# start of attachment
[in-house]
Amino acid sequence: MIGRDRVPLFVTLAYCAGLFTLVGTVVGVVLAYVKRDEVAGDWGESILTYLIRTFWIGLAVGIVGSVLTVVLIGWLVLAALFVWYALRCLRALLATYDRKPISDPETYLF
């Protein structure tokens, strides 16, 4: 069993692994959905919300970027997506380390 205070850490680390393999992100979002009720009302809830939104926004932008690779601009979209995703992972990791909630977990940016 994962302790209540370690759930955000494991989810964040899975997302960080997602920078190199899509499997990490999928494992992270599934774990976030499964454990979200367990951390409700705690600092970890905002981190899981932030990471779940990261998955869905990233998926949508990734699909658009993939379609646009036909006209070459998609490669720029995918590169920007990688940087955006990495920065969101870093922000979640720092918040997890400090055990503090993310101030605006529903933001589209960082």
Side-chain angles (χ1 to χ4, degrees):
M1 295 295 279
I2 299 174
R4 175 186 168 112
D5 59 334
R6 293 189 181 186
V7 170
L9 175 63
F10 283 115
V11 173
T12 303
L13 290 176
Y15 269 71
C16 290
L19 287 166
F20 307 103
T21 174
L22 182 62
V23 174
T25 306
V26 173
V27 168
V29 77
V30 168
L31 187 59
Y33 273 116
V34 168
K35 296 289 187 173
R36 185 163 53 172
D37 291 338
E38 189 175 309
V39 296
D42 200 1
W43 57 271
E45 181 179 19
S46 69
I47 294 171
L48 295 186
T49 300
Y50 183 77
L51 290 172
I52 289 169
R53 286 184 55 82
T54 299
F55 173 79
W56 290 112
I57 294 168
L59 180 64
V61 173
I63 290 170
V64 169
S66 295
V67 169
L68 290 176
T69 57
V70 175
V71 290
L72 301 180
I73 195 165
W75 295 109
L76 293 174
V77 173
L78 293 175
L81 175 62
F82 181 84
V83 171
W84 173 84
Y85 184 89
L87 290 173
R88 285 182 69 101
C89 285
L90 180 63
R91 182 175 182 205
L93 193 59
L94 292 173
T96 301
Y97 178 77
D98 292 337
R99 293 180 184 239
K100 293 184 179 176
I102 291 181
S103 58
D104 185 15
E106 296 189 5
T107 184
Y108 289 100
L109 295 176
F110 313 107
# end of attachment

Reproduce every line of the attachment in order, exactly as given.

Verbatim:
[in-house]
Amino acid sequence: MIGRDRVPLFVTLAYCAGLFTLVGTVVGVVLAYVKRDEVAGDWGESILTYLIRTFWIGLAVGIVGSVLTVVLIGWLVLAALFVWYALRCLRALLATYDRKPISDPETYLF
């Protein structure tokens, strides 16, 4: 069993692994959905919300970027997506380390 205070850490680390393999992100979002009720009302809830939104926004932008690779601009979209995703992972990791909630977990940016 994962302790209540370690759930955000494991989810964040899975997302960080997602920078190199899509499997990490999928494992992270599934774990976030499964454990979200367990951390409700705690600092970890905002981190899981932030990471779940990261998955869905990233998926949508990734699909658009993939379609646009036909006209070459998609490669720029995918590169920007990688940087955006990495920065969101870093922000979640720092918040997890400090055990503090993310101030605006529903933001589209960082």
Side-chain angles (χ1 to χ4, degrees):
M1 295 295 279
I2 299 174
R4 175 186 168 112
D5 59 334
R6 293 189 181 186
V7 170
L9 175 63
F10 283 115
V11 173
T12 303
L13 290 176
Y15 269 71
C16 290
L19 287 166
F20 307 103
T21 174
L22 182 62
V23 174
T25 306
V26 173
V27 168
V29 77
V30 168
L31 187 59
Y33 273 116
V34 168
K35 296 289 187 173
R36 185 163 53 172
D37 291 338
E38 189 175 309
V39 296
D42 200 1
W43 57 271
E45 181 179 19
S46 69
I47 294 171
L48 295 186
T49 300
Y50 183 77
L51 290 172
I52 289 169
R53 286 184 55 82
T54 299
F55 173 79
W56 290 112
I57 294 168
L59 180 64
V61 173
I63 290 170
V64 169
S66 295
V67 169
L68 290 176
T69 57
V70 175
V71 290
L72 301 180
I73 195 165
W75 295 109
L76 293 174
V77 173
L78 293 175
L81 175 62
F82 181 84
V83 171
W84 173 84
Y85 184 89
L87 290 173
R88 285 182 69 101
C89 285
L90 180 63
R91 182 175 182 205
L93 193 59
L94 292 173
T96 301
Y97 178 77
D98 292 337
R99 293 180 184 239
K100 293 184 179 176
I102 291 181
S103 58
D104 185 15
E106 296 189 5
T107 184
Y108 289 100
L109 295 176
F110 313 107